Passengers on The Jacobite Famous Steam Train were left slightly baffled yesterday when there was no steam to be seen on the first trip of the season.
Due to the dry weather on the west coast, and temperatures tipping 18C, the owners of the train decided it would be best to stick to the diesel engine for the trip.
By using the diesel engine to power the train, owners West Coast Railways tried to minimise the risk of causing a fire as it wound its way through some of the rural countryside of the west Highlands.
While the company used the diesel engine to pull the train it still had the steam engine attached – but it was not letting out its regular puffs of smoke as it went over the 21-pillared Glenfinnan Viaduct.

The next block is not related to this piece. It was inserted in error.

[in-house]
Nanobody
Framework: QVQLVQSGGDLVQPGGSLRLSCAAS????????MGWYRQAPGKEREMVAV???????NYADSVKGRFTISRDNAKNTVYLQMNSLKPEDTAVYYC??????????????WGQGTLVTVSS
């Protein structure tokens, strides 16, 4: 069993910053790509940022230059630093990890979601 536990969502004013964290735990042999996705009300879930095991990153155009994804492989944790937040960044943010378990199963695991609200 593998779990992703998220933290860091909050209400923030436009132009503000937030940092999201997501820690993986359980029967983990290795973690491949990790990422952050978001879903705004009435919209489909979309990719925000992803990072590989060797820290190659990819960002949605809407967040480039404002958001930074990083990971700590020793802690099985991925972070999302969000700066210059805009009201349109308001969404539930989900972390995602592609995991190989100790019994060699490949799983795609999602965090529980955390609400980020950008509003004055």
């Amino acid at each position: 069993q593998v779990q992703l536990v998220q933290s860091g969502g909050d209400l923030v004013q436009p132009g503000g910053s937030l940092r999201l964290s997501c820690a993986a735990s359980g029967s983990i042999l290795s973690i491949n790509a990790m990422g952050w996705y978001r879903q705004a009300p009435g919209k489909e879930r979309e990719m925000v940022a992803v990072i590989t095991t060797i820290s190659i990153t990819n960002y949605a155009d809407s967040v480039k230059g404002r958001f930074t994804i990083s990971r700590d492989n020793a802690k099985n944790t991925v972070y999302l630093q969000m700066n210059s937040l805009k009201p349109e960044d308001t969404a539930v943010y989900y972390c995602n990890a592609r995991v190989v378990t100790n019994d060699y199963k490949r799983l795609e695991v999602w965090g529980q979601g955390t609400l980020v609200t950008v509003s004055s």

>> Keep up to date with the latest news with The P&J newsletter
James Shuttleworth, of West Coast Railways, the operator of The Jacobite, said: ” We ran the engine 5407 leading, with the 37 at the rear due to the dry conditions. Our fear would be that something from the steam train would ignite and a fire may be unintentionally started.
“People on the trip still get to see the steam train, but on a day like today – after a dry spell there is the risk of a wildfire. That is something that no one wants.”
A spokesman for Scottish Fire and Rescue Service said: “It was a sensible precaution taken by the operator – as anything, including a smoking ember can cause a fire.
“People should be particularly vigilant in making sure any naked flame including camping fires, cigarettes and camping stoves are guarded and fully extinguished.”